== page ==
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Settlement Will Save Edison Customers $1.12 Billion

Posted: March 27, 2014 3:37 p.m.
Updated: March 27, 2014 3:37 p.m.

 

SAN FRANCISCO, March 27, 2014 – The Office of Ratepayer Advocates (ORA), the independent consumer advocate within the California Public Utilities Commission (CPUC), today signed a comprehensive settlement agreement with Southern California Edison Company (Edison), San Diego Gas & Electric Company (SDG&E), and The Utility Reform Network (TURN) that will prevent the utilities from charging customers, who were served by the defunct San Onofre Nuclear Generating Station (SONGS), for defective steam generators.

The estimated benefit to ratepayers on a present value basis, compared with the utilities’ $4.7 billion original request, is $1.12 billion for Edison customers and $286 million for SDG&E customers.

In October 2012, the CPUC opened an investigation into the causes and accountability for the premature SONGS closure. Edison had shut down SONGS Generator Unit 2 on January 9, 2012 for scheduled maintenance, followed by the shutdown of SONGS Generator Unit 3 on January 31, 2012 due to a steam generator tube leak.

Neither unit has ever returned to service, yet customers have continued to pay tens of millions of dollars each month to support the defunct plant and to buy replacement power. SONGS is owned and operated by Edison (78.21%) and served customers in the greater Los Angeles area including Inyo, Kern, Kings, Mono, Orange, Santa Barbara, Tulare, Ventura, and San Bernardino counties. It is co-owned with SDG&E (20%) and the City of Riverside (1.79%).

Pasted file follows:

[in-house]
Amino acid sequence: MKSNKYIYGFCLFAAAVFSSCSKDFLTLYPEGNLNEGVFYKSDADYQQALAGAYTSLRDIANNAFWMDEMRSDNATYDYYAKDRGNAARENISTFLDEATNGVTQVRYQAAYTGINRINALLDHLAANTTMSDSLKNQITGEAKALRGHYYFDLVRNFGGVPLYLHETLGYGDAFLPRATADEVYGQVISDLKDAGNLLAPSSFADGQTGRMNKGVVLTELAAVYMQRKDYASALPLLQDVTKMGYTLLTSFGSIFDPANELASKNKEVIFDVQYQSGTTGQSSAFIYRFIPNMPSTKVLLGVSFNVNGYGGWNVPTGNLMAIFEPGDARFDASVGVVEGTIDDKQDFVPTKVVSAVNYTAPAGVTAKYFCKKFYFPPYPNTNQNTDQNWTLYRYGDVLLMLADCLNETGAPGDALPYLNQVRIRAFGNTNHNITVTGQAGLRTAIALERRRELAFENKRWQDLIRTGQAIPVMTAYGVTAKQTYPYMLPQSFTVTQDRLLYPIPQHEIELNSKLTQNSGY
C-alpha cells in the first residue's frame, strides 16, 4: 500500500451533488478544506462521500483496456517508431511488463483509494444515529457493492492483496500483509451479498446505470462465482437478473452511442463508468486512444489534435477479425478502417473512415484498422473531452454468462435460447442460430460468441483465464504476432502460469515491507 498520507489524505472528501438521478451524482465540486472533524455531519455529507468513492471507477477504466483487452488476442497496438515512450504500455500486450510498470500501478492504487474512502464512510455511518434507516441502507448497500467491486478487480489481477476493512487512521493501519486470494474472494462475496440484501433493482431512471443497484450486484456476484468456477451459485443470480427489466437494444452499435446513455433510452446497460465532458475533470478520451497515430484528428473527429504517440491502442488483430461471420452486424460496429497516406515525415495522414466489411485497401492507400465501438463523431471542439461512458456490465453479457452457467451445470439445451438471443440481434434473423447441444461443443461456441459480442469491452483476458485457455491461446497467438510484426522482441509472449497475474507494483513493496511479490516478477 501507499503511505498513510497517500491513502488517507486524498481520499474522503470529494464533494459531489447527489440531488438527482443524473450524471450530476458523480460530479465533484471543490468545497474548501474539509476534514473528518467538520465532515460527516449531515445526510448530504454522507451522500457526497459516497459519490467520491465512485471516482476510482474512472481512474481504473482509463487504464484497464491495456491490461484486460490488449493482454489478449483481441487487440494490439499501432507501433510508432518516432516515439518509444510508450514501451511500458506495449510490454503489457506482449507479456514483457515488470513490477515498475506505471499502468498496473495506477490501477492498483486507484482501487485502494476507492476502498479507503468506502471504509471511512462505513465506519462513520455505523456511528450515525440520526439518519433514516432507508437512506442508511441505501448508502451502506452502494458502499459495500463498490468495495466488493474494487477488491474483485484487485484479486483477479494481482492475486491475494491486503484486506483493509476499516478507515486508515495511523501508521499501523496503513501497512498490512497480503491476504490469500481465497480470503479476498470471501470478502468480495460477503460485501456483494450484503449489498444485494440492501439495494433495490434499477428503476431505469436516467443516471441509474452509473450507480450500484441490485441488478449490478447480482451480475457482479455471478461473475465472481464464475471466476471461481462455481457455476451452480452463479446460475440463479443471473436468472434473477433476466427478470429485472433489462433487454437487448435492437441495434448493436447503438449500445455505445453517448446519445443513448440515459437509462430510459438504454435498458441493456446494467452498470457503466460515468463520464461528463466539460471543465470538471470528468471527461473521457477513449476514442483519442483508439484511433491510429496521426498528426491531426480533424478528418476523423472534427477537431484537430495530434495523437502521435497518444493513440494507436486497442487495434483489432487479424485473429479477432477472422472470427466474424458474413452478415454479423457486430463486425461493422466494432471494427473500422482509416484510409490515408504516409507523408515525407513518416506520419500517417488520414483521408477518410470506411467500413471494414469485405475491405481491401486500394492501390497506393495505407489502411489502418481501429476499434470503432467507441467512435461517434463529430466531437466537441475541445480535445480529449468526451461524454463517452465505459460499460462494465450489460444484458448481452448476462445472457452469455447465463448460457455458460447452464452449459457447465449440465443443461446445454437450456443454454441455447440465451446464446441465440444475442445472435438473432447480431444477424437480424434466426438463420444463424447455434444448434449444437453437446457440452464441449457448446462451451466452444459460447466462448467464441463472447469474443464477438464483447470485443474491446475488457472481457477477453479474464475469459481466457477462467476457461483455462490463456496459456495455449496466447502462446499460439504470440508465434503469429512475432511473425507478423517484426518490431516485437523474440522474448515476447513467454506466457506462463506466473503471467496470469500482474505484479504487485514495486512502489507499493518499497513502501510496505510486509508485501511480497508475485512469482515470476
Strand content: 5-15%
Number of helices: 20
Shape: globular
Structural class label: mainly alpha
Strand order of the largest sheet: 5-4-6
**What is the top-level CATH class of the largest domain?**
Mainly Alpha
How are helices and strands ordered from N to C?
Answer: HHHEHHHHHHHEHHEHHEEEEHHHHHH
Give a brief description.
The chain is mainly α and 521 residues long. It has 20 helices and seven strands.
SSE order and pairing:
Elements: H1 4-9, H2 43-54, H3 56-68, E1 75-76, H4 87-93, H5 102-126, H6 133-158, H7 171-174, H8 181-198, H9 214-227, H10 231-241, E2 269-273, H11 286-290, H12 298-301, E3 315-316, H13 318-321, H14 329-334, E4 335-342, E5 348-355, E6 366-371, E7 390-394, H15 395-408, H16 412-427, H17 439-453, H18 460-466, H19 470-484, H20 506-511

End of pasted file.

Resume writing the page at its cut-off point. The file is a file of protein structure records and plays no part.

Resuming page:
Today’s settlement will eliminate cost recovery of the utilities’ investment in the defective steam generators as of the February 2012 shutdown date, but will allow the utilities to receive a reduced rate of return for facilities other than the defective steam generators for a short period of time.

The Settlement also allows customers to receive a portion of any funds that Edison or SDG&E recovers in any legal actions from either Mitsubishi Heavy Industries, Inc. (manufacturer of the defective steam generators) or Nuclear Energy Insurance Limited (NEIL).  

In August 2012, ORA sent a letter to CPUC commissioners requesting they remove SONGS from Edison’s and SDG&E’s rates to protect customers from the mounting costs of the non-operational plant.

ORA argued that the utilities should have received no additional funding for the defective steam generators that caused SONGS to stop operating.

“This settlement agreement is an extremely good deal for customers who will see a refund of hundreds of millions of dollars in the coming years,” said Joe Como, ORA’s acting director.  “Customers will start to see a reduction in rates in 2015 of more than $100 million in savings by disallowing the steam generators.”

The signed settlement will be submitted to the CPUC for approval by the CPUC’s five commissioners. The settlement does not determine SONGS’ decommissioning costs, which will be addressed in another CPUC proceeding.

 

See ORA’s SONGS webpage for details and link to Settlement.

 

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